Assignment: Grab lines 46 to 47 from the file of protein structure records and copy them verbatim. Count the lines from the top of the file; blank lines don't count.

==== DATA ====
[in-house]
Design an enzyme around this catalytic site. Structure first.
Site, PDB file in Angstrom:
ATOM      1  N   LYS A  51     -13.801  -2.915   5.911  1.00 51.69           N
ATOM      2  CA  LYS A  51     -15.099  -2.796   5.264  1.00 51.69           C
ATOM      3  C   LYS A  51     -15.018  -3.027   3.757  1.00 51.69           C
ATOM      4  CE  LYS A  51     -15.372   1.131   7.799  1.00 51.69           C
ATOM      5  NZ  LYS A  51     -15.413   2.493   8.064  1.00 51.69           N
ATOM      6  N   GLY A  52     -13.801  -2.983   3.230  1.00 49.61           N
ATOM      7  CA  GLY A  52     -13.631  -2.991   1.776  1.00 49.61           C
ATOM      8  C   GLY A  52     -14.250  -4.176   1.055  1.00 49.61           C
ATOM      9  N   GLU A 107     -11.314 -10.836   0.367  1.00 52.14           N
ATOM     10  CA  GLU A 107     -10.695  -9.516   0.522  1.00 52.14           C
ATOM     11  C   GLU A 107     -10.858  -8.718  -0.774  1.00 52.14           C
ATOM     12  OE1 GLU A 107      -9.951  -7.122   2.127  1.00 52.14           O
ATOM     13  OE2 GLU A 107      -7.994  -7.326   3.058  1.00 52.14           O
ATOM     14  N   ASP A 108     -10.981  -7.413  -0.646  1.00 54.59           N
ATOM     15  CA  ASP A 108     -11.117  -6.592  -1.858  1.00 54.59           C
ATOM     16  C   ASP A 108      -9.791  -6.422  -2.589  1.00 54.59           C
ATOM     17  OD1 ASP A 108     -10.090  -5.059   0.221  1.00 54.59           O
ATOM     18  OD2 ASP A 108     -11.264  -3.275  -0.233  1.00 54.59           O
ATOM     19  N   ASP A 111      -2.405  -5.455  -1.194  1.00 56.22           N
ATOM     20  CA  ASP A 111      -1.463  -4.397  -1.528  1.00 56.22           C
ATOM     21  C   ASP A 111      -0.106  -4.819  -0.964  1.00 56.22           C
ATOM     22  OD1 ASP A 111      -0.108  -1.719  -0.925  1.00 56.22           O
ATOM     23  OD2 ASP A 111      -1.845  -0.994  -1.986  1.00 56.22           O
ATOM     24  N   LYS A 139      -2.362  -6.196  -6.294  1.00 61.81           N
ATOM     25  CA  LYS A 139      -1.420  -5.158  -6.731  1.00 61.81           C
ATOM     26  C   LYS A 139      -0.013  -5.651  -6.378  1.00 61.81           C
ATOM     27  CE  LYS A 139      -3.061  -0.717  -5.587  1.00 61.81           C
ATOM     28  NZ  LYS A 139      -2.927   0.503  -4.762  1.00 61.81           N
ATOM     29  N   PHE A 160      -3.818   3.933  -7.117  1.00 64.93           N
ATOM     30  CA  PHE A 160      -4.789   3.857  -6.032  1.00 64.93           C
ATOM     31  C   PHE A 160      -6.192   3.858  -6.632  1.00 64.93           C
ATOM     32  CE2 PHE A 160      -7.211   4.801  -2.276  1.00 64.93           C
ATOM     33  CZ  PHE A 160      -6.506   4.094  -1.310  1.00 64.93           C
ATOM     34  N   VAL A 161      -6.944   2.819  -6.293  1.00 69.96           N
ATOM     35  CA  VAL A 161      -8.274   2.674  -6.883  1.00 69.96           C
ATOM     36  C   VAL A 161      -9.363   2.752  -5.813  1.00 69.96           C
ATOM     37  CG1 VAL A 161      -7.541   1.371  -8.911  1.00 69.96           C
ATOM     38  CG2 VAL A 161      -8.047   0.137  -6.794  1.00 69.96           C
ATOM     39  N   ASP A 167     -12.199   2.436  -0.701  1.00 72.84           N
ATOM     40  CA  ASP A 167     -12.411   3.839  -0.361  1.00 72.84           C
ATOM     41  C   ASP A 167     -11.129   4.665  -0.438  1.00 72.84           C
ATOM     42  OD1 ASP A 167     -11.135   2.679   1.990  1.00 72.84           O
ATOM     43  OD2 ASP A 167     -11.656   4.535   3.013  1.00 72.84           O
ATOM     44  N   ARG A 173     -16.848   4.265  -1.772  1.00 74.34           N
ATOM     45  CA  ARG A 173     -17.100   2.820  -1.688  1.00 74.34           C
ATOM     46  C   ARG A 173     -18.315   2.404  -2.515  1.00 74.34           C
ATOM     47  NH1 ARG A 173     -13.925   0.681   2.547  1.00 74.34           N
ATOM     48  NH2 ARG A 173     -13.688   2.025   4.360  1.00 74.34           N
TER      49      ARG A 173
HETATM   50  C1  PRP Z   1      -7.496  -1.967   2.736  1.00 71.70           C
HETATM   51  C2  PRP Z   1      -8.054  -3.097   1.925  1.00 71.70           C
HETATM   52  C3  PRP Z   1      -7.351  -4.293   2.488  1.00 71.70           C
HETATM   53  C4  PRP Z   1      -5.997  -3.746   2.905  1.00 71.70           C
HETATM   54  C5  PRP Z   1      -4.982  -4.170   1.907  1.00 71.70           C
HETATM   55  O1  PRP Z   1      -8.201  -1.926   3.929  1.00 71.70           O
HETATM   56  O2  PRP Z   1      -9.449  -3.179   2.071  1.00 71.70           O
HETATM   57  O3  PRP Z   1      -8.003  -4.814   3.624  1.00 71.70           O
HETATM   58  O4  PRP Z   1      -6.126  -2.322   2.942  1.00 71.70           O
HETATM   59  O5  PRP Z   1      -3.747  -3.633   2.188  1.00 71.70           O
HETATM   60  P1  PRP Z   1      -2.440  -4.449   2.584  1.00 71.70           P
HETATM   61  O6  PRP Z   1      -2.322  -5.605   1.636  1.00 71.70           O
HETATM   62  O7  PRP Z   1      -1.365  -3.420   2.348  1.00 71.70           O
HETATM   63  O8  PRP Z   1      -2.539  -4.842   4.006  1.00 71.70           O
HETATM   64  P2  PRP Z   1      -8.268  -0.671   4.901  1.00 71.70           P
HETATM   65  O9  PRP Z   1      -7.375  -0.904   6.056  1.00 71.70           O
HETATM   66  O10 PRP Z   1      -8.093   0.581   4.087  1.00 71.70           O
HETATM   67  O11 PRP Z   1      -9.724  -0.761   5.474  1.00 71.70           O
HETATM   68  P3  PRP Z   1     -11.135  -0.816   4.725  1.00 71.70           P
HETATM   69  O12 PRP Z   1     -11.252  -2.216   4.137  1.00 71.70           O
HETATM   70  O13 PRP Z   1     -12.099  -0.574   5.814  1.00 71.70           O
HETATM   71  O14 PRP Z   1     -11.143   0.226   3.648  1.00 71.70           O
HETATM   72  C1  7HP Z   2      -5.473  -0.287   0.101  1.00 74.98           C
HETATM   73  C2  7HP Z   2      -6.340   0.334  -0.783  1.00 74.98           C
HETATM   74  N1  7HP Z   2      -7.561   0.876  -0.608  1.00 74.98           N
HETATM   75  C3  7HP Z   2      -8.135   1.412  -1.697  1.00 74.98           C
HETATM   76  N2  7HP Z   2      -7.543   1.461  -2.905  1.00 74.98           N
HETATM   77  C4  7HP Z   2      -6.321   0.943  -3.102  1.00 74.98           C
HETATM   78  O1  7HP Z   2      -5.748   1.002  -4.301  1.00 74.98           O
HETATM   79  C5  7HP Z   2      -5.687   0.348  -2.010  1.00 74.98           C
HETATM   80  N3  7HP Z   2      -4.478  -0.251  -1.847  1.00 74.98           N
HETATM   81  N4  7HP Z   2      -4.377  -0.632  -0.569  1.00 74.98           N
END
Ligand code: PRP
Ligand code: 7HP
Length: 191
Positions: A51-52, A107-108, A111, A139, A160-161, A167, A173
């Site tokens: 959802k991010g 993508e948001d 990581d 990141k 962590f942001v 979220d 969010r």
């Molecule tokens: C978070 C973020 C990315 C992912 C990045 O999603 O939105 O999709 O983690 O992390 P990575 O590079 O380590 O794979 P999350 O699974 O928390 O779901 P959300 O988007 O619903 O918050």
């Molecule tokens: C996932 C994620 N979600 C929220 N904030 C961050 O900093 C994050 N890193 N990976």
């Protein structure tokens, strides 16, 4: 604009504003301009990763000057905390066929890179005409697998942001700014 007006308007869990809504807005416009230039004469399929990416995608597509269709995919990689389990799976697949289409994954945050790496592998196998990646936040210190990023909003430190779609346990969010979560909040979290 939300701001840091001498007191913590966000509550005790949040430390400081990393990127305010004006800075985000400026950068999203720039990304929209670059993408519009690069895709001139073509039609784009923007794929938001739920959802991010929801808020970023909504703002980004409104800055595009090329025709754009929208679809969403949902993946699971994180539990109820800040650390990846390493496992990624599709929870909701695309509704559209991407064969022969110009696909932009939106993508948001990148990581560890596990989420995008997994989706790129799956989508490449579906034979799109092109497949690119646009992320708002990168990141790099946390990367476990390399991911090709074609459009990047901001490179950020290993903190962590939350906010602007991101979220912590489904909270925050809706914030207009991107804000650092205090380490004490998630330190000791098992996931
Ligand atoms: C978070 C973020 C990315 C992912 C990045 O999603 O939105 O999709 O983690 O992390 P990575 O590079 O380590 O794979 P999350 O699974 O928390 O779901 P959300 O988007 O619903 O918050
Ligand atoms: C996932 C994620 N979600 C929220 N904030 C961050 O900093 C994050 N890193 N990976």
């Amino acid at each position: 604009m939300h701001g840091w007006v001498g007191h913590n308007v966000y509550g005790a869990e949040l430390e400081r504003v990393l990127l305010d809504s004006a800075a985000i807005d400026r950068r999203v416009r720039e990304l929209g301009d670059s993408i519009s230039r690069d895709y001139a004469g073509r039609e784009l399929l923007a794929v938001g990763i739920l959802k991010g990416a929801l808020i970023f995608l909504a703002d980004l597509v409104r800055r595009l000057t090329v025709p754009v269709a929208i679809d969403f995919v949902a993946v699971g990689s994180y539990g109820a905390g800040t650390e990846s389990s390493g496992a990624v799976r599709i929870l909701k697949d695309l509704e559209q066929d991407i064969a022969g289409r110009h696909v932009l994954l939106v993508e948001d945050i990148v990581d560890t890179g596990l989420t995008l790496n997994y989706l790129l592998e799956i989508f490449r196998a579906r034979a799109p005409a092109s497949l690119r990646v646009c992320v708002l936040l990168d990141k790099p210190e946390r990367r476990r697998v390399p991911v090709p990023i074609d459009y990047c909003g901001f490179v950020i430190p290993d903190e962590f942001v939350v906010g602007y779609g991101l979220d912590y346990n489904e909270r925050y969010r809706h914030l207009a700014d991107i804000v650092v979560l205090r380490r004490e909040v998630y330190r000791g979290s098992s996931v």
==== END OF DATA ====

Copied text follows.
ATOM     43  OD2 ASP A 167     -11.656   4.535   3.013  1.00 72.84           O
ATOM     44  N   ARG A 173     -16.848   4.265  -1.772  1.00 74.34           N